The End of the Road

Yesterday I went down to the Project Arts Centre after work hoping to get a ticket for Fishamble’s new show The End of the Road. This production is part of the Made in Temple Bar festival and when it opened for booking at the beginning of July, the tickets went fast and I wasn’t quick enough! But luckily, someone wasn’t able to make it yesterday and I got their spot!

I was interested in this show because I like the work of both the writer Gavin Kostick and the director Louise Lowe, and I wanted to see this promenade performance. The play is about the life of one man, a guy called Bill and the audience drop in and out of different moments in his life, gradually building up a picture of this man and the life he’s led.

The audience are in groups of eight and you are lead out the back of the Project by Bill’s Mam and Dad and left listening to a recording of interviews with the real Bill. This is interweaved with the voices of the actors who play Bill in the production. Each group is accompanied on their tour by their own Bill. The fours actors (John Cronin, Ronan Leahy, Michael Glenn Murphy, Robbie O’Connor, below) are all different ages but each one plays Bill at every age as we visit scenes from his life.

Robbie O'Connor, John Cronin, Ronan Leahy and Michael Glenn Murphy, Photo by Ros Kavanagh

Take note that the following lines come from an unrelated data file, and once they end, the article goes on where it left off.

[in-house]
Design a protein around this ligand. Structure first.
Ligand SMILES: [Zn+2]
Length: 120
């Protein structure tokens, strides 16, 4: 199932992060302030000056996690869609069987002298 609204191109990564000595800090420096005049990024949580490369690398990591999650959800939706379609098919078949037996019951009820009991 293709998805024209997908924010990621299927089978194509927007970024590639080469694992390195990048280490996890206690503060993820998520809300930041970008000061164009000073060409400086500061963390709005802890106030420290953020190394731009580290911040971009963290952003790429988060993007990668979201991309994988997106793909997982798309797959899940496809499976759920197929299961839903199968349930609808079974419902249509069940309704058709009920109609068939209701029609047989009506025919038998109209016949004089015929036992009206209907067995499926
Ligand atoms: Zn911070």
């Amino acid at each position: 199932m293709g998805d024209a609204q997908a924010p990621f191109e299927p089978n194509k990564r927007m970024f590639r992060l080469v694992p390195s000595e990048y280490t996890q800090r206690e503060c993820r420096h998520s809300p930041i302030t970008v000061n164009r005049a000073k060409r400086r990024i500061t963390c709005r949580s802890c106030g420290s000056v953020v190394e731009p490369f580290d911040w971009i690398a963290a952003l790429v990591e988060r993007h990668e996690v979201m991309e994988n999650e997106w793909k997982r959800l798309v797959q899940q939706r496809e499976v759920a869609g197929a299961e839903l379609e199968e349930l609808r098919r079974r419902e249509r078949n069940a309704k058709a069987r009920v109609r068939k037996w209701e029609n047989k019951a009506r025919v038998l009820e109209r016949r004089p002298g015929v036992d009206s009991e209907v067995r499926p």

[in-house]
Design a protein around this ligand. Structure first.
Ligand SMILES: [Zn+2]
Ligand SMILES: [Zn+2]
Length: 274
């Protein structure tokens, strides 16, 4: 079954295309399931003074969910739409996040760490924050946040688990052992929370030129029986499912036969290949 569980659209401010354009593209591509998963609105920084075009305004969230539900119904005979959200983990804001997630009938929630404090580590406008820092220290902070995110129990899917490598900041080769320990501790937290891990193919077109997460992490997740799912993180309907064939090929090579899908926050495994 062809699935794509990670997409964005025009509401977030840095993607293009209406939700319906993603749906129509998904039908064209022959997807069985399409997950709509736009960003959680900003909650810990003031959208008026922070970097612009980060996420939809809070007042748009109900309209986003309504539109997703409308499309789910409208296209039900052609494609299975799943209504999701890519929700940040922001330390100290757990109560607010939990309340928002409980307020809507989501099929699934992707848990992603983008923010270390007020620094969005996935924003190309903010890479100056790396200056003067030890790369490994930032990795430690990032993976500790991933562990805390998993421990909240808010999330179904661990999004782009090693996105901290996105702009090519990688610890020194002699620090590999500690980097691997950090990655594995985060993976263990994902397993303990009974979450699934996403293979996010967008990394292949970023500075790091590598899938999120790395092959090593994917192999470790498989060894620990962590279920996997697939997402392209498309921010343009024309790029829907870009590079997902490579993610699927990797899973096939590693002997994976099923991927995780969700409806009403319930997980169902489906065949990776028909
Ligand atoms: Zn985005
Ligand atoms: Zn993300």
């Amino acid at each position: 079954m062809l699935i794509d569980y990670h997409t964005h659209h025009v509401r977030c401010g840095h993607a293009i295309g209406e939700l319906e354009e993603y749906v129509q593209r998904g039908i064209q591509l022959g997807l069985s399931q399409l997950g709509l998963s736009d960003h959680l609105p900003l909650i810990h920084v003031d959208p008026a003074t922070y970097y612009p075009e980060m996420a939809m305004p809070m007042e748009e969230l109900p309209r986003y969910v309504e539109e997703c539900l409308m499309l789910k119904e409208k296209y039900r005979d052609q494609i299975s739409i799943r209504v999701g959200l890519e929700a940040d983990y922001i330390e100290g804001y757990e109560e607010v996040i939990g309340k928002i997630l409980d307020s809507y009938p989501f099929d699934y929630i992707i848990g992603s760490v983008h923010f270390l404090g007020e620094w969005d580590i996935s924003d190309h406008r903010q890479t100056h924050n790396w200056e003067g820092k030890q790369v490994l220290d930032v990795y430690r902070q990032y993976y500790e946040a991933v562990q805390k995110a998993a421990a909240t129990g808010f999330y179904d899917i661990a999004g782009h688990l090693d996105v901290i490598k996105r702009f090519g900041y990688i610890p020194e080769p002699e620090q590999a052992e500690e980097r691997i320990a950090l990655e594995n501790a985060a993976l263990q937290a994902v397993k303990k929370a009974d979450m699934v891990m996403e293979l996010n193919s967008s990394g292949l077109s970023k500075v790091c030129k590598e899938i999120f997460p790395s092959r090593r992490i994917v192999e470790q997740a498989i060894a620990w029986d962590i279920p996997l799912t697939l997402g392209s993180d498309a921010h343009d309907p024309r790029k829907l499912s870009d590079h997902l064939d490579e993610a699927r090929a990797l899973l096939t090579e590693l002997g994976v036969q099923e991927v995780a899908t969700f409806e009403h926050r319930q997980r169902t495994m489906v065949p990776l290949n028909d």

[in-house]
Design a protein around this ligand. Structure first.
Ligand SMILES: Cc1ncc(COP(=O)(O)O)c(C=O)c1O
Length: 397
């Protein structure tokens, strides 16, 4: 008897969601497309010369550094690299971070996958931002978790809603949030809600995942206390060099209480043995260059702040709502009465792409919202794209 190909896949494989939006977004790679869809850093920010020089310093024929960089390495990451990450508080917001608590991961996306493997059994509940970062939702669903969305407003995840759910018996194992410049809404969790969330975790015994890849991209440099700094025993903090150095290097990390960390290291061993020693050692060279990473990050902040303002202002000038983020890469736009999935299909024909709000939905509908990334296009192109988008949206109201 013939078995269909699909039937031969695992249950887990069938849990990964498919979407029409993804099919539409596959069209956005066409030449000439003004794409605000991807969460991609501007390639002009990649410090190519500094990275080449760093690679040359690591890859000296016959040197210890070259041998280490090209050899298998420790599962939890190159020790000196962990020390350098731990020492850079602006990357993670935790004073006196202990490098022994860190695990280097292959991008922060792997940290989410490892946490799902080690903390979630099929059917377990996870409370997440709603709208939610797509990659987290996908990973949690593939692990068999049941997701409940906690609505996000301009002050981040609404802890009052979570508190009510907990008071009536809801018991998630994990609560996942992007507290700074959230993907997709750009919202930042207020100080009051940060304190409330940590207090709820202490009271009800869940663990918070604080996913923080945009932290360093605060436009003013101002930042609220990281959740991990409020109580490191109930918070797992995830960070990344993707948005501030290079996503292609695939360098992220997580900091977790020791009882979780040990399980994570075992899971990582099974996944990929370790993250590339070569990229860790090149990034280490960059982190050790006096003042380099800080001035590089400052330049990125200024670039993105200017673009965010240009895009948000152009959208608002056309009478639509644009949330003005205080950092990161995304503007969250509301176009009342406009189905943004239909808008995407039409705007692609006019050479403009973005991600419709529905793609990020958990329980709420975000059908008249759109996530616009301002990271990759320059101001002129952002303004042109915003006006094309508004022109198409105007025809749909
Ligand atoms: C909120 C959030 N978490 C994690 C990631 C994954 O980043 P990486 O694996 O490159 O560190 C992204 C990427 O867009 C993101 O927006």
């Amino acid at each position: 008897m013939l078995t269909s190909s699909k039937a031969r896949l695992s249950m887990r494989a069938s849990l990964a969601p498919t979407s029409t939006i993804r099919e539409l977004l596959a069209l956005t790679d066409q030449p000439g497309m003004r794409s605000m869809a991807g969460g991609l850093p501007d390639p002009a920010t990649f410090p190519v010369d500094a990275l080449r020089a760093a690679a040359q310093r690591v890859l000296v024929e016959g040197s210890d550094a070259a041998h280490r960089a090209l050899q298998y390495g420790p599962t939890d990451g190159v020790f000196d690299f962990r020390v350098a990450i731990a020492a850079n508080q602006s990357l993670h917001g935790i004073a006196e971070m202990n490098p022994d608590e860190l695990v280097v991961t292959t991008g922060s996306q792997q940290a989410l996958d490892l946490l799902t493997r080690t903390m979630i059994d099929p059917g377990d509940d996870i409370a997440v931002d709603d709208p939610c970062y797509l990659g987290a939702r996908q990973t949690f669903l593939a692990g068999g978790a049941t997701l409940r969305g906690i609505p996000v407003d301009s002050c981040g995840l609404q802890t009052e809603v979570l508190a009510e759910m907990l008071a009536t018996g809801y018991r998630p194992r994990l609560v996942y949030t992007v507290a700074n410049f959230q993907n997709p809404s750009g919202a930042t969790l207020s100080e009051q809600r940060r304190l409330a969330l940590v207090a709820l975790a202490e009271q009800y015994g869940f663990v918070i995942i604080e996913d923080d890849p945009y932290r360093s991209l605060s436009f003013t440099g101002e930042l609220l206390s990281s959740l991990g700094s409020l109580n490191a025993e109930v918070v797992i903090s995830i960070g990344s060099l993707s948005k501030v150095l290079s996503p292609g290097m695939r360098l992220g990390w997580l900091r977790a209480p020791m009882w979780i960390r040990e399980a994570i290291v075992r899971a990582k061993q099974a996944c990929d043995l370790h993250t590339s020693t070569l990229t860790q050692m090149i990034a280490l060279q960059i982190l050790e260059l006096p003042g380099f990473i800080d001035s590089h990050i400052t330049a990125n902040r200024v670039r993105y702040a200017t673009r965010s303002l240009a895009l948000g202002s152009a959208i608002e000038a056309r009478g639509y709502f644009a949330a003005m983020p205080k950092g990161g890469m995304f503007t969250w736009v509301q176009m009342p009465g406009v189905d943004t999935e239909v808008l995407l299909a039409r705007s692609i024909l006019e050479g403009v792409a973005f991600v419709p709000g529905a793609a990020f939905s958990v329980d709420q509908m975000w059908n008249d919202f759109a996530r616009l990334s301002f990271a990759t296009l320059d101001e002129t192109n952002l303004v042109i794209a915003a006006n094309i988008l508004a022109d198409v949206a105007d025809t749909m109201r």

Bill acts as a tour guide for his own life as he leads his audience down towards Fishamble Street and shares his story with them. He does this through conversation with the audience and also by letting us see it happen for ourselves. There’s an intimacy shared between the audience and the actors, you find yourself in real places – cafes, waiting rooms, pubs – ease-dropping on other people’s conversations, but these conversations happened 30 years ago. It feels a bit like time-traveling as you walk down the street and see horses and people pushing old fashioned prams and bicycles. There are boys and girls in uniform playing old-fashioned games. It feels like you are taking part in something, not just seeing a play.

The performance is well-balanced between the pieces on the street when Bill talks directly to the audience and the scenes inside the various buildings. There are wonderful performances from the main actors and also the extras on the street and I really appreciate how the performance does not talk down to the audience but allows us to piece together the story for ourselves as we more back and forwards through time.

It’s a wonderful piece of theatre where the fourth wall is completely dismantled, along with a few other theatre traditions. We’re not really dealing with a nice, neat piece of fiction – instead it’s the messy reality of someone’s life. It is performed with respect for the subject matter and the audience and you come away feeling like you have experienced something a little bit special. My only complaint was that there was no time for applause or acknowledgment. My little group ended the show standing at the end of the road, applauding the horse. He didn’t seem that bothered.

Even though it’s fully booked, it’s definitely worth trying to get a ticket for. The Project Arts Centre are running a returns list from 5.30pm each day and there are 8 shows a night until Friday. Shows are at 5.45, 6:05, 6.25, 6.45, 7:05, 7:25, 7.45 and 8.05pm. I arrived at 5.30pm and managed to get a ticket for the 6.05pm show so it’s worth giving it a try.

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